I was unsure what to do, so I wrote some notes on the board from the book.

I was sweating so much that the book got wet, and I had to keep wiping my sweat off on my shirt. Needless to say, this first day of teaching was challenging and frustrating! I quickly learned that wearing anything more than a tank top results in lots of sweating, and that I should bring lots of water, and a sweat towel, to class.

It was clear that some of the students weren’t paying attention, and I had to walk around the room and tell each one of them to copy things down. I soon learned that I needed to talk more slowly so that they could understand me – they all knew varying degrees of English, but tend to speak to one another in their native tongue, Ewe, which Iwould learn more throughout the trip.

After class, I was sitting outside. The kids warmed up to me very quickly, and before I knew it they were climbing all over me. They have had volunteers at the orphanage before, so we’re nothing new, but they still loved to touch my hair and skin. At first, it was challenging to get used to this, as some of the kids have open sores, but I warmed up to it very quickly.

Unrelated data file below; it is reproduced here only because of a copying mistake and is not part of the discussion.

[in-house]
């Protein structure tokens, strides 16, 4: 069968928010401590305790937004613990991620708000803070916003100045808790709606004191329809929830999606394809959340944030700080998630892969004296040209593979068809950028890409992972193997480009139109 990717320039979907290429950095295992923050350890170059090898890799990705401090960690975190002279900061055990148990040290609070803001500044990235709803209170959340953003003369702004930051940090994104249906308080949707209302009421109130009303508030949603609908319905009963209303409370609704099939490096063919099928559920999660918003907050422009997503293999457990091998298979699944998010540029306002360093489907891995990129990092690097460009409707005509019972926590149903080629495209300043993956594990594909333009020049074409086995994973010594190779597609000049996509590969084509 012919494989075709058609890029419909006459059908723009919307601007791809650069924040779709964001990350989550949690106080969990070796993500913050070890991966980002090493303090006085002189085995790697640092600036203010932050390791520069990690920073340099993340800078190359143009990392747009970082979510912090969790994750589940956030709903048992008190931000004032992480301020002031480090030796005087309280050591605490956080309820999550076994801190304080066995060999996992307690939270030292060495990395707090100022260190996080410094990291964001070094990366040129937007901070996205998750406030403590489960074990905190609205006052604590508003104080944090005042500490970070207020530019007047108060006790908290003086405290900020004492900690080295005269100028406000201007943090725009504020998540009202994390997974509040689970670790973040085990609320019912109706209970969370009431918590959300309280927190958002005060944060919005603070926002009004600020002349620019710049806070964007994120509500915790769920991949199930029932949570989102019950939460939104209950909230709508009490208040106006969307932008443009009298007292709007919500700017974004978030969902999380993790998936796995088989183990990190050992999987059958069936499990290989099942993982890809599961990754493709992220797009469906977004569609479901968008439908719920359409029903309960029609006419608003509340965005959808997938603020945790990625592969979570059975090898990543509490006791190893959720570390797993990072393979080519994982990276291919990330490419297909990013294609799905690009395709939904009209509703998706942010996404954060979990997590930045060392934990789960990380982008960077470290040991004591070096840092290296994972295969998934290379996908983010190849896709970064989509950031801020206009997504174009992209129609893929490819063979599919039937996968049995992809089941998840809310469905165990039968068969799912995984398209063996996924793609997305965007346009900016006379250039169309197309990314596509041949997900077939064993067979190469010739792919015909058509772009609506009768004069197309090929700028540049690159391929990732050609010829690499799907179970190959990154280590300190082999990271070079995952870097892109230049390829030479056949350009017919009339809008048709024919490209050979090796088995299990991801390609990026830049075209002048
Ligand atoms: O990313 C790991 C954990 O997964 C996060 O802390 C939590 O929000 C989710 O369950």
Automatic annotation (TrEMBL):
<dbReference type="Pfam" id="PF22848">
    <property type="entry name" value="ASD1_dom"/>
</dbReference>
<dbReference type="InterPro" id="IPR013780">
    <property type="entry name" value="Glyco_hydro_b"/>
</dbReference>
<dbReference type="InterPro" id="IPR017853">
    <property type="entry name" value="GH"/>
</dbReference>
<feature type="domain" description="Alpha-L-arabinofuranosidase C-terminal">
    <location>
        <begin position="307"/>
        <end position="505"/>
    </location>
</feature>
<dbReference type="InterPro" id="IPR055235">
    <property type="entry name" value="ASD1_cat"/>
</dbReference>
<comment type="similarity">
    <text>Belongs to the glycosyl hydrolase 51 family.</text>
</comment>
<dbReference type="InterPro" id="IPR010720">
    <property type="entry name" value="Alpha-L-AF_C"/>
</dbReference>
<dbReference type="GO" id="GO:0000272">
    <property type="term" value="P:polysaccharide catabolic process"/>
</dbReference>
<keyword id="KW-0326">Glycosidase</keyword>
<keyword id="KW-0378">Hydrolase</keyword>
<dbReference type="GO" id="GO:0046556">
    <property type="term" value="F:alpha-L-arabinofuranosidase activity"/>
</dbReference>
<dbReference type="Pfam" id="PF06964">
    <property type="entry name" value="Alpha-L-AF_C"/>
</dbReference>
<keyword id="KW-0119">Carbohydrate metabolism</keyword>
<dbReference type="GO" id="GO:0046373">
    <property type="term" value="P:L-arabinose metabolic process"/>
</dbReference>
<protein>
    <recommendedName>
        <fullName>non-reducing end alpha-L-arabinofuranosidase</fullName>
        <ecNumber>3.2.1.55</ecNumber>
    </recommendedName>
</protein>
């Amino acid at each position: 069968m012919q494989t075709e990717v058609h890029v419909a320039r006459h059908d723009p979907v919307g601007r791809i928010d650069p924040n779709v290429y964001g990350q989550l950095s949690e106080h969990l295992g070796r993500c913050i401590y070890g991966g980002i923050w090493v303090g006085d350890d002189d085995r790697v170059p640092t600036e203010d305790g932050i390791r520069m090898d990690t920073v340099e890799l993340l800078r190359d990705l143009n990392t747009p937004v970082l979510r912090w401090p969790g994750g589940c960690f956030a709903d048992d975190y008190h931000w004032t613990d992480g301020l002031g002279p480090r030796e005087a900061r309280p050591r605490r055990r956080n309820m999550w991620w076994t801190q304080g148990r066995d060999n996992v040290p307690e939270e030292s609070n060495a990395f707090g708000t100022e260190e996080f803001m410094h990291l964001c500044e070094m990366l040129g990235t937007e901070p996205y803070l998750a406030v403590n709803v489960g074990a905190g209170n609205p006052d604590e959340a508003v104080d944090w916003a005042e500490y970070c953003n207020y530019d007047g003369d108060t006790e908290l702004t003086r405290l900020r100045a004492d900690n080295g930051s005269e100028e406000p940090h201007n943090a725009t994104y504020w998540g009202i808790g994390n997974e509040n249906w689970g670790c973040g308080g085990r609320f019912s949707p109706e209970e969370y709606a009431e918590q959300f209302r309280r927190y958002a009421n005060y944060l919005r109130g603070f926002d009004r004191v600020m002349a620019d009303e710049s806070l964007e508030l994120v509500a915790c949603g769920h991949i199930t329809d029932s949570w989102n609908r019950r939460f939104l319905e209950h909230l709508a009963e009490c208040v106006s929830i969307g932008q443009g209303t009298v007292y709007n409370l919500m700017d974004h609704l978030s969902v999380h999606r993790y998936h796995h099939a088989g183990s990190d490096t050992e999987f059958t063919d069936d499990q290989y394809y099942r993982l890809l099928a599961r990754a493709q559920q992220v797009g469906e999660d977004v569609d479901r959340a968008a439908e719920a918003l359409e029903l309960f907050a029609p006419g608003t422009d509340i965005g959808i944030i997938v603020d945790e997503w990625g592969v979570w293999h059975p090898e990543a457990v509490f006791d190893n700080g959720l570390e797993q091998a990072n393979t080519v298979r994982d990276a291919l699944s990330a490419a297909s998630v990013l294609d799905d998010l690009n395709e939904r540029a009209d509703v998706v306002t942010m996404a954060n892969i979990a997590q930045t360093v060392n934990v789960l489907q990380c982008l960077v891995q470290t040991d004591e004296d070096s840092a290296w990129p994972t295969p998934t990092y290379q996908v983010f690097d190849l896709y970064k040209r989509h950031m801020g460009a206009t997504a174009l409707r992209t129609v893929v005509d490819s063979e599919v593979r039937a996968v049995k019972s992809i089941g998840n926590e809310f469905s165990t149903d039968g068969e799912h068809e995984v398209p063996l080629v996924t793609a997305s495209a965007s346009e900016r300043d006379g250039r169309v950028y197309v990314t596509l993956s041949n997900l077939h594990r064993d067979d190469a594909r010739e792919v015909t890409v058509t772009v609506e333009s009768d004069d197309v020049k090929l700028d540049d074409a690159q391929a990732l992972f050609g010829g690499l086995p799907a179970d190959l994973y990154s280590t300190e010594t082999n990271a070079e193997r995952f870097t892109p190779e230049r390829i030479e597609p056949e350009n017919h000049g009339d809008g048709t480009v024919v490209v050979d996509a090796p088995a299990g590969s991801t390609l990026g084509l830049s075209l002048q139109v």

I noticed that the kids didn’t do this to Margie very much, they tended to leave her alone for the most part, but that’s presumably because she’s stern with them, and I didn’t have the heart to tell them to go away. I also enjoyed their company, playing with them was fun after I got used to being smothered!

Hiking in Ghana

Later that day, Cortney, Margie, and I went exploring, and three of our students came with us to make sure we didn’t get lost.

Hiking in Ghana

They showed us some pretty cool stuff – I was a little intimidated by the massive termite mounds that we saw all over the place.

Massive termite mounds in Hohoe, Ghana